‘Beep beep boop’: Spencer STEM instructor builds life-size R2-D2

‘Beep beep boop’: Spencer STEM instructor builds life-size R2-D2
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Torrey Proctor has brought a small feature of a galaxy far, far away right here to Spencer.

Up until February, Proctor had spent 11 months building a life-size, remote-controlled R2-D2, one of the famous characters from the Star Wars franchise.

Proctor’s R2-D2 made its public debut at Family Fest earlier this month. Last week, he gave a presentation on how he built the droid during the monthly Techknow meetup.

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“Part of this project was to build something big and ambitious and share it with my kids,” Proctor said at the meetup. “Yeah, there is name recognition. I’m the guy that built R2 now. But then it’s been really empowering. I learned different processes, techniques, a bunch of different tools and it’s fun to share.”

Proctor is the elementary-level STEM instructor at Spencer Community Schools. He also co-founded Techknow. The Spencer nonprofit’s mission is to learn, teach and grow technology in the community.

Even with that background, Proctor said he had a lot to learn about building R2-D2.


“I just kind of learned as I went,” he said.

A club for droid builders

Proctor decided to build his R2-D2 after he saw a droid-building club at Maker Faire in Kansas City.

“I’m like, that’s my next project,” Proctor said.

So, in April 2018 he started 3D-printing parts in the Techknow makerspace on the northwest side of Spencer. Proctor would come in to print parts before school, after school and sometimes late at night, too.

He also bought as many parts as he could at local stores.

“I tried to source everything locally if I could,” he said.


Throughout the R2-D2 build, Proctor worked with 3D printing, wood, metal, electronics and lots of paint for many small parts.

“This is why it took me 11 months,” Proctor said during his presentation while a photo of numerous tiny parts showed on the projector screen. “That and I have two kids and a wife and a full-time job.

His kids even got chances to help their dad with a few smaller steps in the long process.

Proctor said his son was very careful not to touch the droid his dad was building.

“He was very respectful of that (being) something we don’t touch and mess with,” Proctor said.

R2-D2 comes to life

Proctor’s R2 can do more than one of several used in the original Star Wars movie trilogy. He controls it with a custom-programmed Xbox controller. It roams around, spins its head, lights up and makes sounds – all at the touch of a button.


One of the first R2-D2s fetched $2.76 million at an auction in 2017.

“It had no internal workings,” Proctor said of that R2. “It didn’t roam around. It didn’t beep or chirp. Mine can do all that.”

Proctor estimated he spent about $3,000 to build his.

He had to raise funds to make it happen. That included selling items around his house and using money from a class he taught last summer.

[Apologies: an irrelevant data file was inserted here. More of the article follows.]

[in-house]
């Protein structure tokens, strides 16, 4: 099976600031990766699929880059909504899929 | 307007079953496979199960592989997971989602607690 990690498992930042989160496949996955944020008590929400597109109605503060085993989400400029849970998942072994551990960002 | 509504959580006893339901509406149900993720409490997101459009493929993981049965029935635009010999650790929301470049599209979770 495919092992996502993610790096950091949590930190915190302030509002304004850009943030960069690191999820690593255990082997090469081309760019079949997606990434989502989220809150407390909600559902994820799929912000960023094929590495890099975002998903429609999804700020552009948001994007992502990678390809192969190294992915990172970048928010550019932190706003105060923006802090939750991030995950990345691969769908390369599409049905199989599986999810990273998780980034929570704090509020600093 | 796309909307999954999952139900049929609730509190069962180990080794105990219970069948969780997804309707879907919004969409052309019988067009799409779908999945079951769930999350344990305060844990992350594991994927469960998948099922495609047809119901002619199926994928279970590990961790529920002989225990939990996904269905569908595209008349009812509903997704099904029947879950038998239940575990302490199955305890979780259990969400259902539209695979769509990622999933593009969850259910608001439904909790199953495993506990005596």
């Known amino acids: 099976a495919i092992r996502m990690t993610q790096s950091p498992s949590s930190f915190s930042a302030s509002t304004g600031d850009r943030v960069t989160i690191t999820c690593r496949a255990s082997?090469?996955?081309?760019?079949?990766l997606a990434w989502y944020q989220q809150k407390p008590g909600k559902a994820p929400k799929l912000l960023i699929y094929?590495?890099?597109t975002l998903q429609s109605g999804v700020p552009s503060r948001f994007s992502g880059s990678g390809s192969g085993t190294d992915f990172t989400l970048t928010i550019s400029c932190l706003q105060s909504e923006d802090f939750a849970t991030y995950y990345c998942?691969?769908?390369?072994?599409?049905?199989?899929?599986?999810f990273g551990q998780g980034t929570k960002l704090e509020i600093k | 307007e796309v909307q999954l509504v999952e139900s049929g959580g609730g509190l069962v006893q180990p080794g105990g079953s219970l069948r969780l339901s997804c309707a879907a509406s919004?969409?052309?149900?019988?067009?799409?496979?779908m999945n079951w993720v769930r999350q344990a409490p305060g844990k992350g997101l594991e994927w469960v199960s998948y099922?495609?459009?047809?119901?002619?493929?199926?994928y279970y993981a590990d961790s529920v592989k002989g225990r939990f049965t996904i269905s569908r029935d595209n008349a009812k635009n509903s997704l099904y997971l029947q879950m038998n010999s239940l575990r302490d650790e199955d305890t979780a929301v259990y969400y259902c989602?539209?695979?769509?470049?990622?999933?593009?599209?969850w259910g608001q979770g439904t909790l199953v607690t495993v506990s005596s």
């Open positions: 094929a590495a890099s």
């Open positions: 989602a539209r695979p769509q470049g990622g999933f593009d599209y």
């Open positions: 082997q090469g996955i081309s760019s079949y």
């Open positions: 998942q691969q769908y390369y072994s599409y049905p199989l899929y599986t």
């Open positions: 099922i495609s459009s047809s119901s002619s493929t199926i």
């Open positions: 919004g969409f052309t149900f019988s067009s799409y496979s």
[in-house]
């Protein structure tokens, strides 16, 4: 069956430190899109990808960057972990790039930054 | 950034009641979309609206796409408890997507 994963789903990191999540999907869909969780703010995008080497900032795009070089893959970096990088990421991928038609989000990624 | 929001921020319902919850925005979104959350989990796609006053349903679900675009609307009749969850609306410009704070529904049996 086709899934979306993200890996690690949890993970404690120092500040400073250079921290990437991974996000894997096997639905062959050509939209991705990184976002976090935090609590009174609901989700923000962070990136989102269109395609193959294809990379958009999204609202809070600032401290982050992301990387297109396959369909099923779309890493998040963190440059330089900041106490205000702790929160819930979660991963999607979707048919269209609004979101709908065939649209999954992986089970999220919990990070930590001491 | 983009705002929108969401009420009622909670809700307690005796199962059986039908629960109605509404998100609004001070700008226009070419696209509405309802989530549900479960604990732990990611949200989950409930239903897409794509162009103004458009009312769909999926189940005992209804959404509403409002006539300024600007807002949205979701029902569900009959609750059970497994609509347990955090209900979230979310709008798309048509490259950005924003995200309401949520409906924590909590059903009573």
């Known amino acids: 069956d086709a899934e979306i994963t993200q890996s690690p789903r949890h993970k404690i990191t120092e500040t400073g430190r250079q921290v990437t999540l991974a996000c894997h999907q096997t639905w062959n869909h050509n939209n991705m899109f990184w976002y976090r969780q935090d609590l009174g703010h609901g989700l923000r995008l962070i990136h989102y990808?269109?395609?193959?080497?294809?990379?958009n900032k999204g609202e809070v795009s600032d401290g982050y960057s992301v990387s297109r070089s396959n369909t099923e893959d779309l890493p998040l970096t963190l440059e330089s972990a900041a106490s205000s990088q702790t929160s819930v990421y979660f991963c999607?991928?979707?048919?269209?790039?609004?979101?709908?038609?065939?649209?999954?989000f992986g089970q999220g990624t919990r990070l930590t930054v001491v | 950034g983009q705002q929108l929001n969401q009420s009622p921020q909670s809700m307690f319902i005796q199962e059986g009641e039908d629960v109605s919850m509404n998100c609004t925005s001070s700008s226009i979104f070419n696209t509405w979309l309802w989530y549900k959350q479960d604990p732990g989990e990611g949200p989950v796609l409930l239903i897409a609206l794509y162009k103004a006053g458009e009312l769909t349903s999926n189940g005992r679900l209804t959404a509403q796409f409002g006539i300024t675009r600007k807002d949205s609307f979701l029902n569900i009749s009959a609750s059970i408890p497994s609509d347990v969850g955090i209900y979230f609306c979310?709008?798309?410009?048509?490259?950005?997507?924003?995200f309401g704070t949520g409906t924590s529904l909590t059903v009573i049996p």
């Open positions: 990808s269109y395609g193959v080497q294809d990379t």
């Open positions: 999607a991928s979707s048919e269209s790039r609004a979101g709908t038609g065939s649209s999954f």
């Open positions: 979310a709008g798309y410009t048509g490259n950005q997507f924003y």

“I didn’t have all the money and cash laying around,” Proctor said. “I had to make it work.”

Members of the droid club played important roles in helping Proctor figure out how to build some of his R2-D2. He also bought several pre-made parts to save time and to make the droid look better.

For example, the head of Proctor’s R2 features lights that flash in patterns just like in the movies. He spent $200 on lights and a pre-programmed circuit board so that he wouldn’t need to do that himself.

“If I would have done (the lighting) on my own, it would have taken me eons,” he said.

Proctor documented much of his droid work on Instagram.

Help from fellow droid builders

Toward the end of the build, Proctor said he asked for a lot of help from people with some serious droid-building skills.

There are videos out there on YouTube that prove their expertise.

“Everything you see in the moves, the droid club people have figured out how to do,” Proctor said. “Except make R2 fly.”

During his Techknow presentation, Proctor showed an example of other R2-D2s and droids that had been built. One R2 had rocket boosters that came out of its legs. Others had retractable gripper or zapper arms that reached out from behind doors in the droid’s body.

Another R2-D2 had a working projector that played Princess Leia’s video message to Obi-Wan Kenobi. There is even video of an R2-D2 that ejects a lightsaber like in “Return of the Jedi.”

“Some of these people work for NASA,” Proctor said. “They know how to do stuff.”

A year later, with his fellow droid builders’ knowledge and his capable hands, Proctor has a beautiful R2-D2 of his own.

“Now I get to share it,” he said of the finished product. “It was totally worth it.”

Featured image: Torrey Proctor and his life-size, remote-controlled R2-D2 droid from the Star Wars franchise.


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